Personally, I hate the idea of online classes. However, I accept that fact that everyone is different and everyone has different perspectives. I feel that online classes are just ways to get out of going to class and just be lazy as you go through them online. But, again I do not have much experience with online classes. I guess you could say im more traditional with the idea of having the teacher teach and learn from notes.

I also disagree on the fact that you talk about getting rid of multiple choice. Especially in this SC200 class, I feel that multiple choice gives us a better understanding of the material. By avoiding trick answers in the question I think it gets your mind thinking extra hard on each question and I have learned more that way.

Again this is my opinion and everyone is titled to their own.

I think you are completely right a scientific approach to education - rationally figuring out what works - has much to offer.

I am with Matthew on multiple choice; in my experience, they work better at making students think. But as with other professionals like doctors, I might be wrong. How would we do a study of what is best? Randomly allocate half the class to Multiple Choice and half to Short Answers? Be hard to make sure the tests were equally hard. But the toughest thing would be the appropriate response variable. For me the most important measures have nothing to do with SC200 assessment. I want to know whether you use this thinking in other classes, and in five years time.

As to the number of blog posts. If I just asked for one, you would only think about one topic. As it is, you could get a very good grade from just six (from one five week blog period), or ten (1st period to practice + one other 5-week blog period). Thinking about ten science-related issues spread over a 15 week semester doesn't seem very onerous to me.

In fact, now that I write that, maybe I should demand more....

So I did some research on the multiple choice vs. short answer thing, and I found this: http://scholar.lib.vt.edu/ejournals/JTE/v6n1/pdf/haynie.pdf , it's a test that where they had kids study books of materials with some class instruction, and then given tests, one group did a multiple choice test, and one group did a short answer test, (with the same questions but without choices), and one group didn't do a test at all. 3 weeks later the students were given another test to see how much they remembered, the new test had some similar materials from the last test and some had questions were material not tested yet. The results were that the people who didn't take the test the first time did worse then the people who did take the test. Also there was no difference in how well they did with the new material not on the first test, but for the similar material, the multiple choice people did better.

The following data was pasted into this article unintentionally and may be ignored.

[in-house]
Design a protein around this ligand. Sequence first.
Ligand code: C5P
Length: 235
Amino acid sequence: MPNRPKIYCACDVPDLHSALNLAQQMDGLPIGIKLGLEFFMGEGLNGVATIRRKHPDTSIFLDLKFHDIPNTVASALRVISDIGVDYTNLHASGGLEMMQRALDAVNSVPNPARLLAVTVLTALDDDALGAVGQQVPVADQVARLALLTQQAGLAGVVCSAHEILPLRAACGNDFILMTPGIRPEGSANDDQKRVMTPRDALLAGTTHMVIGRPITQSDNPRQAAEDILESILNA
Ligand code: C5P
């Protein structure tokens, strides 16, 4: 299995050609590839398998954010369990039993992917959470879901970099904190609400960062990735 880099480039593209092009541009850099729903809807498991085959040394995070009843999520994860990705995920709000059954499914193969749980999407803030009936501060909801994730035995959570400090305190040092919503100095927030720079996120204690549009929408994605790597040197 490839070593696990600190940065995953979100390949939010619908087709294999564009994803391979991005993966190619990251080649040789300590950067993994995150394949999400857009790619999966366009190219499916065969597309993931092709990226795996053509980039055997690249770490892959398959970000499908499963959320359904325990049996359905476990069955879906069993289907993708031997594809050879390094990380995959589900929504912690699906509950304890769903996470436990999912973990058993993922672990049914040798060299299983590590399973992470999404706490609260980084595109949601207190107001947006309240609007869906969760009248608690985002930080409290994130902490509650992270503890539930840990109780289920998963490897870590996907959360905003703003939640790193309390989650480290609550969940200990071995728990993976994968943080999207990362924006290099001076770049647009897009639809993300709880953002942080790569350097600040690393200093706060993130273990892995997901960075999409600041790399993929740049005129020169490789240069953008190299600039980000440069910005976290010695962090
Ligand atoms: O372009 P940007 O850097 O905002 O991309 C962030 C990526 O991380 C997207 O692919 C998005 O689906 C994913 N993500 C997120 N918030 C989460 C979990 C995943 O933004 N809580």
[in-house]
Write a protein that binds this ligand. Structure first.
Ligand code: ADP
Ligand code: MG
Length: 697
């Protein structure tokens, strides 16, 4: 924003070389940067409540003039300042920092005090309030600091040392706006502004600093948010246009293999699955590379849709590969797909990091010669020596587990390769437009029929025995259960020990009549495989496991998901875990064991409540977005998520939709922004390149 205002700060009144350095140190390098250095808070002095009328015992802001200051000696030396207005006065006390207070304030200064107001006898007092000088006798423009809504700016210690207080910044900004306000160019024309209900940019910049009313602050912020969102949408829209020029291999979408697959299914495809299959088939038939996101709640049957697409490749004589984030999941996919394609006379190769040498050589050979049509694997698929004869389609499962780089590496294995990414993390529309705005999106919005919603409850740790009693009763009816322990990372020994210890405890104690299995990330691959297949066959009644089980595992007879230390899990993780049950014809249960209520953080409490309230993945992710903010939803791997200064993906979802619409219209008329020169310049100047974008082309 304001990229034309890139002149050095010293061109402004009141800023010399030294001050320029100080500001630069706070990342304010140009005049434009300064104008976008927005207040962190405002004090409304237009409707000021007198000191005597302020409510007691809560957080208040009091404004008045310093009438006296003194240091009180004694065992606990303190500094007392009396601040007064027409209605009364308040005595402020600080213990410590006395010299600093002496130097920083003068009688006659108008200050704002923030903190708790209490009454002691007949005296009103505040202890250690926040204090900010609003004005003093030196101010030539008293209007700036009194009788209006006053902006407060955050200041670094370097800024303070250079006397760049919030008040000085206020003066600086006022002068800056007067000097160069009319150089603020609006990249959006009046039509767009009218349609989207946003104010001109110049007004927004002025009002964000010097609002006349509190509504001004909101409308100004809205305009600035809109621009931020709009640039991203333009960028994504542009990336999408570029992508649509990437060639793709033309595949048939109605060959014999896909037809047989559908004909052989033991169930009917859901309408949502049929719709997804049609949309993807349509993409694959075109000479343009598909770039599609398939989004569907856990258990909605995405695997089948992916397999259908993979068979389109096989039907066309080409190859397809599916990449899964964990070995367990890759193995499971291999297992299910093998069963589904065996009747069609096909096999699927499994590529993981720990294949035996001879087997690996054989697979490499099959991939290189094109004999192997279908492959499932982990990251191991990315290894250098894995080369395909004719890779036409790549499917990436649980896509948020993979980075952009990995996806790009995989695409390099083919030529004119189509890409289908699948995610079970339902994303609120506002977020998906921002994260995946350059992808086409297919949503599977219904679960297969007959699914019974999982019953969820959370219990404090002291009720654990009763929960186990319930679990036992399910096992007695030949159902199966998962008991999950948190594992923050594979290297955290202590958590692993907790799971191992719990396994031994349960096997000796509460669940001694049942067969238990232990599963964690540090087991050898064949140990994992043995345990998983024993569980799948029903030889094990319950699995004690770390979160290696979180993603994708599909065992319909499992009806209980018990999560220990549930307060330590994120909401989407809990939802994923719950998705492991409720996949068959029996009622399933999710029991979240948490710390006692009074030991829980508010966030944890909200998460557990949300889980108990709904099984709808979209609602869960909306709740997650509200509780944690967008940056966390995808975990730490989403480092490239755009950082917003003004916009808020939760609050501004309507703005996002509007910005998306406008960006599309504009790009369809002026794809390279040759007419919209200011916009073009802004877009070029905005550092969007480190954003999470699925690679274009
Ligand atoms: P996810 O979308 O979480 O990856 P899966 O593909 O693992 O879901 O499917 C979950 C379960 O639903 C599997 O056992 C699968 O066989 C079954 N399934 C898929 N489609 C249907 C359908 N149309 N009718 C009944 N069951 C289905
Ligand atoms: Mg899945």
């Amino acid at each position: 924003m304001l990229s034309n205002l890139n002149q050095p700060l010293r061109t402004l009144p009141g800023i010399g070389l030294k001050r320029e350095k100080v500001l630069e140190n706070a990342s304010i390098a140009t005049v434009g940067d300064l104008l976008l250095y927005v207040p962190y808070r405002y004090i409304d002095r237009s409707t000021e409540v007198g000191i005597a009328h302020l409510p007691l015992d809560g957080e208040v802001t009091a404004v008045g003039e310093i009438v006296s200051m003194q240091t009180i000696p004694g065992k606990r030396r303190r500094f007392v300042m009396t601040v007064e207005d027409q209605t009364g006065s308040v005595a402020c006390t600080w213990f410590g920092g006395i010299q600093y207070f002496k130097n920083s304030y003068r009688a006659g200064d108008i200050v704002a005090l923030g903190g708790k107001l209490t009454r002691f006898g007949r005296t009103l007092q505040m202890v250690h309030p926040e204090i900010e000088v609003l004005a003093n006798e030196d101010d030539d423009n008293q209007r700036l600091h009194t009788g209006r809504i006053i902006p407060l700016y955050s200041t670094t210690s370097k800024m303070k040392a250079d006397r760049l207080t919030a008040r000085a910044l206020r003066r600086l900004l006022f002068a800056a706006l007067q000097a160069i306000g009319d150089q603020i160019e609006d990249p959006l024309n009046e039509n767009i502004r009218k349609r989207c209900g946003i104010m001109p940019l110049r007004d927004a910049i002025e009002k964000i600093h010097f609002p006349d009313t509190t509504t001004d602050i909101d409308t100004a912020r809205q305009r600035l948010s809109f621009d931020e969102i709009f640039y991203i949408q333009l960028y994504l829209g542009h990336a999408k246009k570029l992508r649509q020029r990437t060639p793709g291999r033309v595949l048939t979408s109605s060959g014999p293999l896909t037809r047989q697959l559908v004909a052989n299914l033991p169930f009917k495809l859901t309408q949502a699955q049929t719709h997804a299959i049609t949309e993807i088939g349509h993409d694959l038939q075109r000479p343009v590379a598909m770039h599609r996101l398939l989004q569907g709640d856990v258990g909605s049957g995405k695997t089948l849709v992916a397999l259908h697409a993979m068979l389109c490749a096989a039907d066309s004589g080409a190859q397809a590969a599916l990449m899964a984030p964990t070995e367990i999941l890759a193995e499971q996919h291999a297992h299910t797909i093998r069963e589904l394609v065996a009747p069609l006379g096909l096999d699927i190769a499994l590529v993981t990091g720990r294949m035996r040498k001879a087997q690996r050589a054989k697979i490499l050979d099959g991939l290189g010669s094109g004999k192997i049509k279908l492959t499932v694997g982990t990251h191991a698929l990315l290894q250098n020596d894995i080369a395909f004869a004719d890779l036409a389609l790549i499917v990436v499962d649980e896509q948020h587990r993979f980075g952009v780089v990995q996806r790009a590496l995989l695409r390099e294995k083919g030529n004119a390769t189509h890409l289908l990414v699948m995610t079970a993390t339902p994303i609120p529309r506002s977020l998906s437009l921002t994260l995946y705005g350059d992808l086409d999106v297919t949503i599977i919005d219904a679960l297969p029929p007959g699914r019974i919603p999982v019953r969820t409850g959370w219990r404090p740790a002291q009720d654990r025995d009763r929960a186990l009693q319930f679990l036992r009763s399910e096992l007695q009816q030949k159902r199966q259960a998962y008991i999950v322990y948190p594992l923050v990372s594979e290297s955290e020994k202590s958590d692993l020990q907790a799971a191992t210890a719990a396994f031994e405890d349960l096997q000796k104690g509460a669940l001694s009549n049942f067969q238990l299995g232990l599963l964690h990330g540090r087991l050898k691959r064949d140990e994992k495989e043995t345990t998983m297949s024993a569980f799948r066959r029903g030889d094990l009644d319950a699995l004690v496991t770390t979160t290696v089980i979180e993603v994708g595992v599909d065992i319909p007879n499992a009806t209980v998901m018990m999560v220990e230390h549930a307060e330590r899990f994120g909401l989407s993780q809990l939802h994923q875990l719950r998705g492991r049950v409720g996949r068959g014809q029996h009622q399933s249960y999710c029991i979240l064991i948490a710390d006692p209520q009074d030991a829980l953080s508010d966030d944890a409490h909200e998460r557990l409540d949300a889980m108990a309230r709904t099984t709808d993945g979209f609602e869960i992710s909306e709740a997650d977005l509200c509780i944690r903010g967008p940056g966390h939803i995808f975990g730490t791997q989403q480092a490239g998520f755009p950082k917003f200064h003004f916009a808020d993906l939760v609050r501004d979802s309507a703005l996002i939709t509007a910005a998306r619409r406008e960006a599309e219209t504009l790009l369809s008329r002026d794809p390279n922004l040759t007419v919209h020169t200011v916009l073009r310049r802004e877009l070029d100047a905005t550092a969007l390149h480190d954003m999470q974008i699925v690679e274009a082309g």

At first I thought that I might have been wrong with what I said, but then I realized there was a HUGE flaw in the whole study. The memory retention test they all took 3 weeks later was multiple choice!
Obviously to really see if they remembered the same things they would all have to take the same test, but it seems to me that the people who took a multiple choice test the first time had an advantage because if the questions were similar, they already know what the answers look like. But it is definitely up to debate whether or not that matters.

I definitely agree that multiple choice is a much easier and time efficient way of testing, but I still believe that the grade you would get on a short answer test would more accurately reflect exactly how much you knew based on the factors I mentioned in my first paper (guessing and misunderstanding wording).

But really the majority of this paper was aimed at other classes not this one. It's my more boring classes that make me think this way. I actually am taking one class (I'm not gonna say which one, incase the teacher magically see's this), but I took it because it was an interesting topic, and then I go to class, and the teacher is just horribly boring, and I just can't pay attention, and then I get Nittany Notes, and I look at them and think wow, this actually is interesting, and I study the notes and learn the materials, and it just makes you think that too much of your grades, and your entire future is based on how well you do in college, which is based on how well you can pay attention, even when someone is being boring. And I don't feel like how well you can pay attention to those people actually reflects how smart you are and how good you would be at your future job.

But please don't take any of these comments seriously enough to actually make any types of changes, I prefer multiple choice, I just think there's more flaws in it, just food for thought.

You should check this video out. You may have heard of Khan academy already, but what's interesting is the new teaching method that his videos are bringing about in some schools, like the one in the video. I'm not sure if it is an entirely plausible way to learn past the high school level, but I think through at least the middle school level it could prove to be extremely effective at making the information learned in classes stick in students minds.